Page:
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Neurotox Res. 2004;6(5):389-401.

Cannabinoids and gene expression during brain development.

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Department of Biochemistry and Molecular Biology, Faculty of Medicine, Complutense University, Ciudad Universitaria s/n, 28040-Madrid, Spain.


Cannabis is the most commonly used illicit drug in western societies, in particular among young people. It is consumed even by women during pregnancy and lactation, which result in a variety of disturbances in the development of their offspring, because, like other habit-forming drugs, cannabinoids, the psychoactive ingredients of marijuana, can cross the placental barrier and be secreted in the maternal milk. Through this way, cannabinoids affect the ontogeny of various neurotransmitter systems leading to changes in different behavioral patterns. Dopamine and endogenous opioids are among the neurotransmitters that result more affected by perinatal cannabinoid exposure, which, when animals mature, produce changes in motor activity, drug-seeking behavior, nociception and other processes. These disturbances are likely originated by the capability of cannabinoids to influence the expression of key genes for both neurotransmitters, in particular, the enzyme tyrosine hydroxylase and the opioid precursor proenkephalin. In addition, cannabinoids seem to be also able to influence the expression of genes encoding for neuron-glia cell adhesion molecules, which supports a potential influence of cannabinoids on the processes of cell proliferation, neuronal migration or axonal elongation in which these proteins are involved. In support of this possibility, CB1 receptors, which represent the major targets for the action of cannabinoids, are abundantly expressed in certain brain regions, such as the subventricular areas, which have been involved in these processes during brain development. Finally, cannabinoids might also be involved in the apoptotic death that occurs during brain development, possibly by influencing the expression of Bcl-2/Bax system. Also in support of this option, CB1 receptors are transiently expressed during brain development in different group of neurons which do not contain these receptors in the adult brain. This paper will review all evidence relating cannabinoids to the expression of key genes for neural development, trying to establish the future research addressed to elucidate the mechanisms involved in the epigenetic action of cannabinoids during brain development.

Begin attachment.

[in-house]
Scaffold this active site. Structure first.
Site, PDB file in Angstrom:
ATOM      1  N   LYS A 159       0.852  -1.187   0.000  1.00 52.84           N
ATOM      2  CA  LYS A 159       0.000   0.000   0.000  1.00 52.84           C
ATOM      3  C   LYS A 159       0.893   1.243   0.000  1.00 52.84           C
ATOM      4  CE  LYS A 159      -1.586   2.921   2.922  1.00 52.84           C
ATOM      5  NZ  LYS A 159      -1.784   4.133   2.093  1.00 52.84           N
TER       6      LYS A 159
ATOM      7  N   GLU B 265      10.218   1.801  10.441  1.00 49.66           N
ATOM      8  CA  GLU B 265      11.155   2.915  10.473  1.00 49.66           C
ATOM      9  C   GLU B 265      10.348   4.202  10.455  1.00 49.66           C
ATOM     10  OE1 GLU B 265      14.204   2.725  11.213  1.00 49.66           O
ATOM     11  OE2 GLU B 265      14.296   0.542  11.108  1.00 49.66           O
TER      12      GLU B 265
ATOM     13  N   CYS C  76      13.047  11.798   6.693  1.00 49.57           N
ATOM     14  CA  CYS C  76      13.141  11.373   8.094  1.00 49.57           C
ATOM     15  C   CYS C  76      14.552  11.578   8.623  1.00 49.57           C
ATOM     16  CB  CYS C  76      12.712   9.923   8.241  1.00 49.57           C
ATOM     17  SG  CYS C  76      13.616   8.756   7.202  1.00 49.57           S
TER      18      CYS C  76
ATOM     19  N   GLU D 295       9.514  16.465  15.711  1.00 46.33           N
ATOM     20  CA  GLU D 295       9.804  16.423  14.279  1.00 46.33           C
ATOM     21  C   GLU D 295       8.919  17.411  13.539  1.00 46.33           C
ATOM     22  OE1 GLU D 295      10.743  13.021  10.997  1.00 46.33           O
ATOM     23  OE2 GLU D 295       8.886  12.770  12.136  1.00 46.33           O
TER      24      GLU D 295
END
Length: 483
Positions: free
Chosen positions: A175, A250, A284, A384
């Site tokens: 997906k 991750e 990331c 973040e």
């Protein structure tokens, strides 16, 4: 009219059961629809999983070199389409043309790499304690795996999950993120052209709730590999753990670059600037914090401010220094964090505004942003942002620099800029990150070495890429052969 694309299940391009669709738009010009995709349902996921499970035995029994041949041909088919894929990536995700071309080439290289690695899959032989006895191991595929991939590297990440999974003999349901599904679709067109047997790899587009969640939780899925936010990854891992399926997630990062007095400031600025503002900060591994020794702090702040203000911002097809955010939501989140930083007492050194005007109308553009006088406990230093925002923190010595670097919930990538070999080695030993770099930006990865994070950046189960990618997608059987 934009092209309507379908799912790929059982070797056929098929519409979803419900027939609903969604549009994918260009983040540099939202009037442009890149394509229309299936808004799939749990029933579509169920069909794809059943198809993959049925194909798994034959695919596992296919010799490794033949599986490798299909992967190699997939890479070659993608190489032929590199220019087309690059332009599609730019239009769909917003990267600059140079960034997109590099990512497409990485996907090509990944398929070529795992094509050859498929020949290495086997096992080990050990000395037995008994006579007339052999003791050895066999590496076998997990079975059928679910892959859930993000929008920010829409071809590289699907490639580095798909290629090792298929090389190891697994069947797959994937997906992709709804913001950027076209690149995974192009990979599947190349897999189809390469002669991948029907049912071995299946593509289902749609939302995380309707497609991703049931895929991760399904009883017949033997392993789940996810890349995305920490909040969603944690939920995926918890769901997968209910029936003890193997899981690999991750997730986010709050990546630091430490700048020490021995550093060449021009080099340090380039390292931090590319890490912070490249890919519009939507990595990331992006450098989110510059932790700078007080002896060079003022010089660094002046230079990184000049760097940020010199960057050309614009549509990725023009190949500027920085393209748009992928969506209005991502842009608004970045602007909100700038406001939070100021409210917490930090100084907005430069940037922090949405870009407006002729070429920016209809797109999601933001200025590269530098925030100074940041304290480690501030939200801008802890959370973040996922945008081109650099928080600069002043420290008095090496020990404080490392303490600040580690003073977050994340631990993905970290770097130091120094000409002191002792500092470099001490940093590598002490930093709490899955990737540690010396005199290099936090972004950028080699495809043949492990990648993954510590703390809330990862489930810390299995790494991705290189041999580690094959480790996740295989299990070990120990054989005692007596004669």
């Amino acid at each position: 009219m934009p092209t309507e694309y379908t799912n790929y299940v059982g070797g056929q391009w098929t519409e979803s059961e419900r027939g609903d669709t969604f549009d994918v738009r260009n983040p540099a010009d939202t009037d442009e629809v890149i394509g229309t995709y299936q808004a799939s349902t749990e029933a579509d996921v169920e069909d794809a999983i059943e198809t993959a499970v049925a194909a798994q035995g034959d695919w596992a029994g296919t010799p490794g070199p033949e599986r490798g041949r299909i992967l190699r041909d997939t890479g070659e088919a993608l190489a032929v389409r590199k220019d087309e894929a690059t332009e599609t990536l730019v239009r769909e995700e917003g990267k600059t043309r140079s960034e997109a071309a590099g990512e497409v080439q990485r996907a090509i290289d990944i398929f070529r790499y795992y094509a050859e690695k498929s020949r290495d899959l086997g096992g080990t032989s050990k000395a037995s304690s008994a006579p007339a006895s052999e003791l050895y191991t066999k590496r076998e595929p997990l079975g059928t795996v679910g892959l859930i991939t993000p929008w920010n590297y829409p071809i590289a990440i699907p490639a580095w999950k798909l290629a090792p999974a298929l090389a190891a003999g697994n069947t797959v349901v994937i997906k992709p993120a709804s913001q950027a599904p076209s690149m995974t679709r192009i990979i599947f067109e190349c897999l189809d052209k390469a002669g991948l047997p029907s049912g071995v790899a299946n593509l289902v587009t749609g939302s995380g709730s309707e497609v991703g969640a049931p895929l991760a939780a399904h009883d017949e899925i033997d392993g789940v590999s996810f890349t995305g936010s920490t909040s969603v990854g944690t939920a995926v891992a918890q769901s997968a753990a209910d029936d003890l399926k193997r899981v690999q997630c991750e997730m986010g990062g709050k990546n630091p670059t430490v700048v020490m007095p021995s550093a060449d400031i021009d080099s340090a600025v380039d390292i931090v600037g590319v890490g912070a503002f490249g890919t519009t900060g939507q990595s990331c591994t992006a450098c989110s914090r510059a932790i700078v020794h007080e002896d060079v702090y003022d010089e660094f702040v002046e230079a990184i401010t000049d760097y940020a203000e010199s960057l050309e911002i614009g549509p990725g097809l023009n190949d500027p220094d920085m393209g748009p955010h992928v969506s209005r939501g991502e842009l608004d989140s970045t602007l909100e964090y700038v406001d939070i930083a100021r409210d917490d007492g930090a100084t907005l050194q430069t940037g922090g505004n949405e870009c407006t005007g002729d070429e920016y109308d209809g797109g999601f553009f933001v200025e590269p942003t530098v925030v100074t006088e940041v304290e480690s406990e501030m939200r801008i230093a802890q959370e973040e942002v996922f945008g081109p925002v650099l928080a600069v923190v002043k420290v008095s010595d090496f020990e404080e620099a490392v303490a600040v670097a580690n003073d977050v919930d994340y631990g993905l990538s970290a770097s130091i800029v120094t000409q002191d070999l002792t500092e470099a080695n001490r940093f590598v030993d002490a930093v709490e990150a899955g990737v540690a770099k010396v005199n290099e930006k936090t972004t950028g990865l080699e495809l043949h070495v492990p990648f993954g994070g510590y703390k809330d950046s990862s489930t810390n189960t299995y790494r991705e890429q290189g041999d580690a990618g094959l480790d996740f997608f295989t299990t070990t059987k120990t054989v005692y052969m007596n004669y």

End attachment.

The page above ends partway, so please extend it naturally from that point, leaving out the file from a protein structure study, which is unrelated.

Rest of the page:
[Indexed for MEDLINE]

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